Brittany Maynard’s mother, Debbie Ziegler, flanked by SB 128 authors Senators Lois Wolk
and Bill Monning. (Rich Pedroncelli / Associated Press)
California’s assisted suicide bill remains on life support after its authors decided it did not have the numbers to pass the Assembly Health Committee. The three Democrats cancelled a scheduled hearing of SB 128 last week, saying they would continue to work with Assembly members “to ensure they are comfortable with the bill.”
The End of Life Option Act, the latest of several attempts to legalise euthanasia in California, would have a huge impact in the US if passed because of the state’s size and political influence.
The bill is modelled on an Oregon law and received a boost after Californian Brittany Maynard, 29, moved to Oregon last year so that she could end her own life rather than suffer the pain and debilitating effects of brain cancer.
Similar bills failed to advance this year in other states where they were introduced, including Connecticut, Maryland, and Nevada.
The Los Angeles Times notes that that bill has to contend with “the deep personal beliefs of many lawmakers”, but professional groups, such as the Medical Oncology Assn. of Southern California, also oppose it. “An act that directly causes the patient’s death is contrary to the role of the physician,” the group said in a recent statement.
Unfortunately the California Medical Association recently dropped its opposition.
Among the issues raised by opponents is the lack of proper health care for many state residents with terminal illnesses.
Assemblyman and committee member Jimmy Gomez (D-Echo Park) recalled growing up without health insurance and watching his father die of pancreatic cancer. He said his father might have lived longer if the disease had been detected sooner.
Los Angeles Archbishop Jose Gomez sent a letter to Health Committee Chair Rob Bonta last month urging the committee to reject the bill.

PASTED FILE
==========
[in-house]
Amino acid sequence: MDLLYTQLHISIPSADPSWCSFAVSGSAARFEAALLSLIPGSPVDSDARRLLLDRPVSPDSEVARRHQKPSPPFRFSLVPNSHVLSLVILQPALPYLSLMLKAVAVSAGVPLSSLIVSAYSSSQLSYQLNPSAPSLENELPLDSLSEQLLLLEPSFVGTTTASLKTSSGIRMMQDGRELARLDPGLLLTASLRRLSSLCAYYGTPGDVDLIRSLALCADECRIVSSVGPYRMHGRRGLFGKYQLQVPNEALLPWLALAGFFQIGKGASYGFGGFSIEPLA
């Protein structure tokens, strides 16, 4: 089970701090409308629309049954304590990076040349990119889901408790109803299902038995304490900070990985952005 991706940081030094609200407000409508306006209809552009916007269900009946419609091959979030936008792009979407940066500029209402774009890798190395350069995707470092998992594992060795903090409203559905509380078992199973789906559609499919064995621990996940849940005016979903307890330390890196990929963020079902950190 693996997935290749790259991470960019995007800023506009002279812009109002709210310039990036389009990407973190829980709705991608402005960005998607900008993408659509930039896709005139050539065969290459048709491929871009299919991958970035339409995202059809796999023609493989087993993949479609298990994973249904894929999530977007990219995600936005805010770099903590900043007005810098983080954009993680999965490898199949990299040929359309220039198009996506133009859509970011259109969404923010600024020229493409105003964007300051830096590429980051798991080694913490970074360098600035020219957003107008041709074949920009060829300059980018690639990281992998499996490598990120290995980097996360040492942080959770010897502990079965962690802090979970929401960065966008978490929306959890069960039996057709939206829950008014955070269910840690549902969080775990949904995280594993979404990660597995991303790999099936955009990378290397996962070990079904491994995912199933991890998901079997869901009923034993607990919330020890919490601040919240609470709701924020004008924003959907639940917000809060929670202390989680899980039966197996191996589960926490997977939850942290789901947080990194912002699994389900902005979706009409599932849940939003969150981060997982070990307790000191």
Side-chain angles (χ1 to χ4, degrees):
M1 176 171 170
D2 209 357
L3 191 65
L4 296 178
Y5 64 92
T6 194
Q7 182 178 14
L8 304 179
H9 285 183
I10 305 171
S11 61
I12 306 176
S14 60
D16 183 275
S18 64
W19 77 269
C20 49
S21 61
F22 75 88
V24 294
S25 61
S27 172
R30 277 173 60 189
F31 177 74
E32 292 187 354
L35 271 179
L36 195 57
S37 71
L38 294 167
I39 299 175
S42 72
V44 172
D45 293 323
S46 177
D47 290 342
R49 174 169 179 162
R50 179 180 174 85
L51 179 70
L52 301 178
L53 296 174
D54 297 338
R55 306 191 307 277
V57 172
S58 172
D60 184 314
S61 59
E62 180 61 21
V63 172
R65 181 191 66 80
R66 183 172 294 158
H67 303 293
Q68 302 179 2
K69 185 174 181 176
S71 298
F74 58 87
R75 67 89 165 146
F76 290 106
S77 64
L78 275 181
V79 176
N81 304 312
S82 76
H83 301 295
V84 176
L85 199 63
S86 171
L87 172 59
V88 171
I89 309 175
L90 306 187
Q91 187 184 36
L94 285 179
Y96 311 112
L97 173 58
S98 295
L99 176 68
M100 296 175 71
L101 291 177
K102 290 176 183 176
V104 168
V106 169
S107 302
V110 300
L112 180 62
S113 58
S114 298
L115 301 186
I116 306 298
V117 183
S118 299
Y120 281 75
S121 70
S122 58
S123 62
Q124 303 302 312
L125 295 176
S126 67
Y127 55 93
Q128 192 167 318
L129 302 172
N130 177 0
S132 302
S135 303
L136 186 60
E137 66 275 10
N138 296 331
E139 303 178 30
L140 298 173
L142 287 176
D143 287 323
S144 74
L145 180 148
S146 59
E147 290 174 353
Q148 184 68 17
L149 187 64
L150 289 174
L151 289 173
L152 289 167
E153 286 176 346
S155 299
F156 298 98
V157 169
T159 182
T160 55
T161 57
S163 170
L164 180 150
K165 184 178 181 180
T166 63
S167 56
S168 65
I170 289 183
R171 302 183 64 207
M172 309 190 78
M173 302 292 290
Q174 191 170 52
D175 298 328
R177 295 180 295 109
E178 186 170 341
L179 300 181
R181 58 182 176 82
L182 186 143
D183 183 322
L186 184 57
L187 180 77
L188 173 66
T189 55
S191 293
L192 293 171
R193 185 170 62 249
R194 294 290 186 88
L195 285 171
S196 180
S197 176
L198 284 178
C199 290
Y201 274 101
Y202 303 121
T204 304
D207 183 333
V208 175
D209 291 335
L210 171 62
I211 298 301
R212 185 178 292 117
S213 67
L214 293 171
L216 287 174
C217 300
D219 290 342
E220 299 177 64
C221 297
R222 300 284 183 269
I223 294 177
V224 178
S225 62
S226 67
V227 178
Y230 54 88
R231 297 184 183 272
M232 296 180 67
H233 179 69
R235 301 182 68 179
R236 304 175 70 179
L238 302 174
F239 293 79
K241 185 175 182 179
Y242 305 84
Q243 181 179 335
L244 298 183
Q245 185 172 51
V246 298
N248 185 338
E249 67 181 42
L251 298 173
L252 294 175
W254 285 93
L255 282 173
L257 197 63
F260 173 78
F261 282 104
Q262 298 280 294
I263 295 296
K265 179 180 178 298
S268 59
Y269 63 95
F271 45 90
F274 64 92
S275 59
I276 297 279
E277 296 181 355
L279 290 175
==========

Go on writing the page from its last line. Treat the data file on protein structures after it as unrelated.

He warned that SB 128 “has dangerous implications for our state, especially for the poor and the most vulnerable.”
“This legislation is not worthy of our great State, which has done so much to promote human dignity and equality of access to health care,” he said, adding that helping someone to die is still killing.
Gomez said the bill “is pushing us into a quick-fix ‘solution’ that involves killing the people we find too difficult, too burdensome or too expensive to take care of.”
“If we legalise this practice, the ones who will suffer will be our poor, elderly and handicapped neighbours, as well as those living in immigrant and minority communities,” he said.
He said in a for-profit health care system, the bill will not be a choice but the only option for minorities, the poor and those without health care.
“In a state like California, where we have millions without insurance, and millions more receiving government subsidised health care, the cost pressures to promote suicide over treatment will become even more urgent,” he said.
Gomez noted that the suicide rate in Oregon has increased by nearly 50 percent since the doctor-assisted suicide law came into effect.
The sponsors of SB 128 say they will take the bill up next year if they cannot win support this year, said Assemblywoman Susan Eggman.
“I don’t think it is dead,” she said in an interview. “Legislation, like death, is a process. Things take time.”
What an ironic turn of phrase, since their purpose is precisely not to allow “things to take time” but to cut short the process of dying.
One lesson from this latest development on the euthanasia front is that good arguments and stories will have an effect on the political process.